EXPLAINER | Selling a business in distress
Businesses have been hit hard by the coronavirus lockdown and many owners face the potential of having to try and sell their distressed business.
It’s unlikely that any business sector has been unaffected by the coronavirus pandemic and resultant national lockdown, and many business owners are finding themselves in uncertain financial waters – or even faced with the reality of having to sell their distressed business.
But practical considerations for the disposal of a distressed company are slightly different from disposals in ordinary trading circumstances, explains Candice Meyer, a partner at law firm Webber Wentzel.
For example, a distressed sale or dilution of equity typically includes very short periods for the negotiation and conclusion of the transaction to raise the necessary capital quickly. Furthermore, the scope and extent of due diligence and management interviews is limited.
“Time constraints and market practice dictate that representations, warranties, covenants, and indemnities are likely to be significantly limited,” says Meyer.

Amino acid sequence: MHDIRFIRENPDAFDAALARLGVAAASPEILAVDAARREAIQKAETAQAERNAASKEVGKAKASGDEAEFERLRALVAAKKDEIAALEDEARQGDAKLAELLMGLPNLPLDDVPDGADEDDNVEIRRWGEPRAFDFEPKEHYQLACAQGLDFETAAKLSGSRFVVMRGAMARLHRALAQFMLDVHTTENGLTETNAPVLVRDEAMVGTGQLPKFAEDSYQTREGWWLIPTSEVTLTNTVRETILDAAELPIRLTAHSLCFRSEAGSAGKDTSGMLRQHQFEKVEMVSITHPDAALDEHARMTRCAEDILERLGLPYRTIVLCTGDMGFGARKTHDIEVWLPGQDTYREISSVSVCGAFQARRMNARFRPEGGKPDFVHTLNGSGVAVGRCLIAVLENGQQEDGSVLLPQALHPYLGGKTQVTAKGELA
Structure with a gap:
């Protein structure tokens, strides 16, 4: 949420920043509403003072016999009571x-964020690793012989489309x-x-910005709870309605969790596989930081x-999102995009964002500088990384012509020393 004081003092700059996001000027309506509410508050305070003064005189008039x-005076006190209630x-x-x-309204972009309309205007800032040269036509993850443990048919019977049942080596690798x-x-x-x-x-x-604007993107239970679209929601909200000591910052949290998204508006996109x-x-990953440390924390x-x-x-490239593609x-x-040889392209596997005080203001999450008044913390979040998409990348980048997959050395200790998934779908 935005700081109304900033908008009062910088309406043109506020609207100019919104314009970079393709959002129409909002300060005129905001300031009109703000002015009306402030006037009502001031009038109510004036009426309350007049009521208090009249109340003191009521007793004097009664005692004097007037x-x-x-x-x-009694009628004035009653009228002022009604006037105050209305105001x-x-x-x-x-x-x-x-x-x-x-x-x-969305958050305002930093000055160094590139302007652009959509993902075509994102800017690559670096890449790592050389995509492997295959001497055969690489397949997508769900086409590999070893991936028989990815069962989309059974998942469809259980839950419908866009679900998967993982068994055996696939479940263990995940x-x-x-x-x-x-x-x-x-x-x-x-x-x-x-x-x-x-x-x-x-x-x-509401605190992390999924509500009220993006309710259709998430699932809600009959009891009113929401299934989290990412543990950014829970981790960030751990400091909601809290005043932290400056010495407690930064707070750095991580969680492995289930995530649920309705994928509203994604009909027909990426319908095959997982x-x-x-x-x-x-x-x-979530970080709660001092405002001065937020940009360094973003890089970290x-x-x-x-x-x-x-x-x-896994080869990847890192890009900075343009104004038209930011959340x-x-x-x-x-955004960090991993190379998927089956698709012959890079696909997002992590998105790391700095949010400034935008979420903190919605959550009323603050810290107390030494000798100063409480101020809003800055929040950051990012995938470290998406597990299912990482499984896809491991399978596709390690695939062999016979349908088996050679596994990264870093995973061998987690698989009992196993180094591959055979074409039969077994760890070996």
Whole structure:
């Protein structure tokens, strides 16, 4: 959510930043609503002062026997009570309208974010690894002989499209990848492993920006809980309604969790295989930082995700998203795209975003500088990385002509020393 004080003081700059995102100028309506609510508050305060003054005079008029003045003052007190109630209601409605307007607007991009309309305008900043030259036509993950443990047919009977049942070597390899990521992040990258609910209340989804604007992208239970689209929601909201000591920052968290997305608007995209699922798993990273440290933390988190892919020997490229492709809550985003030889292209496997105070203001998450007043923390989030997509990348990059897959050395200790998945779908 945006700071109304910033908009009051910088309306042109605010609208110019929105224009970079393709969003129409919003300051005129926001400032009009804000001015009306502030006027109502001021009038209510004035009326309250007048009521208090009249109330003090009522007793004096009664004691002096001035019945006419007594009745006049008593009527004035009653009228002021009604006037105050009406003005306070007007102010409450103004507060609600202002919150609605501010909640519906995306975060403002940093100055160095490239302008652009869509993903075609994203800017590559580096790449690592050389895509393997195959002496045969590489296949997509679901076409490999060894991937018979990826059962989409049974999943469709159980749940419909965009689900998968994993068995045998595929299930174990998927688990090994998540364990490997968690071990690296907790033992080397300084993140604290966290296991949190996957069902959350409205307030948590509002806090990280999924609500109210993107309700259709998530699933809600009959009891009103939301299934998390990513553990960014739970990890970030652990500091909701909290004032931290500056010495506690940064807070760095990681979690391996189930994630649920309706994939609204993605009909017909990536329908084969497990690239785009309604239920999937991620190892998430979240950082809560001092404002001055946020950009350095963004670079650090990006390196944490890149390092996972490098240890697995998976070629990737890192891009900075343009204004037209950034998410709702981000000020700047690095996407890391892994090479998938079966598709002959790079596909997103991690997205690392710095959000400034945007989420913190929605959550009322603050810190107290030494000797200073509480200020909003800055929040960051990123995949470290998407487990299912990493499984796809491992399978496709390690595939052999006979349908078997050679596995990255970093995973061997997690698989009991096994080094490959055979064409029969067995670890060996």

“Only very limited and essential conditions precedent for the effectiveness of the transaction are likely to be accepted, given the urgency and the critical need for a successful restructuring.”
The risks for the buyer are high as a result, but this heightened risk is typically compensated by payment of a lower price for the shares or business.
Kylene Weyers, a senior associate in dispute resolution at law firm at Cliffe Dekker Hofmeyr, suggests an essential starting point is to ask whether your business is already in financial distress and if this was already the case before the virus hit the country.
“Many business owners in financial stress are in denial. Rather admit to yourself that the business may be in trouble and something may have to be done. Look your situation squarely in the face rather than putting your head in the sand,” she suggests.
Furthermore, she says, ensure that your books and records are up to date so that you can determine your business’ financial state. You need to know who your creditors are and when amounts are due.
You should also know who your debtors are and when they can pay you.
“Do a solvency test to see if your business is in financial distress. The fairly valued assets should equal or exceed the fairly valued liabilities and you should be able to pay debts as they become due,” says Weyers.
In the current economic conditions, solvency tests must be applied especially prudently, in her view. If you determine that your business is not solvent, you need to take steps to restructur
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